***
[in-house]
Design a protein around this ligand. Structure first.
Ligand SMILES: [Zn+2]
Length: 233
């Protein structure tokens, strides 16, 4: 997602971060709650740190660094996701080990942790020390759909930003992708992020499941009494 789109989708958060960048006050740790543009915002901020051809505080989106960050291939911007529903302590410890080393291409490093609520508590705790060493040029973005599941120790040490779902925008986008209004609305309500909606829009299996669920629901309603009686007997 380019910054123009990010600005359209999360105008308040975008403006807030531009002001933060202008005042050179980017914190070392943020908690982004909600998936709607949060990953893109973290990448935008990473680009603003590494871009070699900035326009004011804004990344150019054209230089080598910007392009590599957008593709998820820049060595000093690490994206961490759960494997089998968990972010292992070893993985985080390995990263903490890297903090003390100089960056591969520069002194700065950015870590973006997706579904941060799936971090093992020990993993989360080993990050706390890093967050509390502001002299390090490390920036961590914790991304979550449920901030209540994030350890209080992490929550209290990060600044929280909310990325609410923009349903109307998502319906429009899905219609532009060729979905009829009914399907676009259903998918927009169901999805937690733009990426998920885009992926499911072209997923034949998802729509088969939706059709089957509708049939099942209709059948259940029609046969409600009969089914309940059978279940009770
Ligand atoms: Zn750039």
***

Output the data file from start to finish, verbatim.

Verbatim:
[in-house]
Design a protein around this ligand. Structure first.
Ligand SMILES: [Zn+2]
Length: 233
């Protein structure tokens, strides 16, 4: 997602971060709650740190660094996701080990942790020390759909930003992708992020499941009494 789109989708958060960048006050740790543009915002901020051809505080989106960050291939911007529903302590410890080393291409490093609520508590705790060493040029973005599941120790040490779902925008986008209004609305309500909606829009299996669920629901309603009686007997 380019910054123009990010600005359209999360105008308040975008403006807030531009002001933060202008005042050179980017914190070392943020908690982004909600998936709607949060990953893109973290990448935008990473680009603003590494871009070699900035326009004011804004990344150019054209230089080598910007392009590599957008593709998820820049060595000093690490994206961490759960494997089998968990972010292992070893993985985080390995990263903490890297903090003390100089960056591969520069002194700065950015870590973006997706579904941060799936971090093992020990993993989360080993990050706390890093967050509390502001002299390090490390920036961590914790991304979550449920901030209540994030350890209080992490929550209290990060600044929280909310990325609410923009349903109307998502319906429009899905219609532009060729979905009829009914399907676009259903998918927009169901999805937690733009990426998920885009992926499911072209997923034949998802729509088969939706059709089957509708049939099942209709059948259940029609046969409600009969089914309940059978279940009770
Ligand atoms: Zn750039």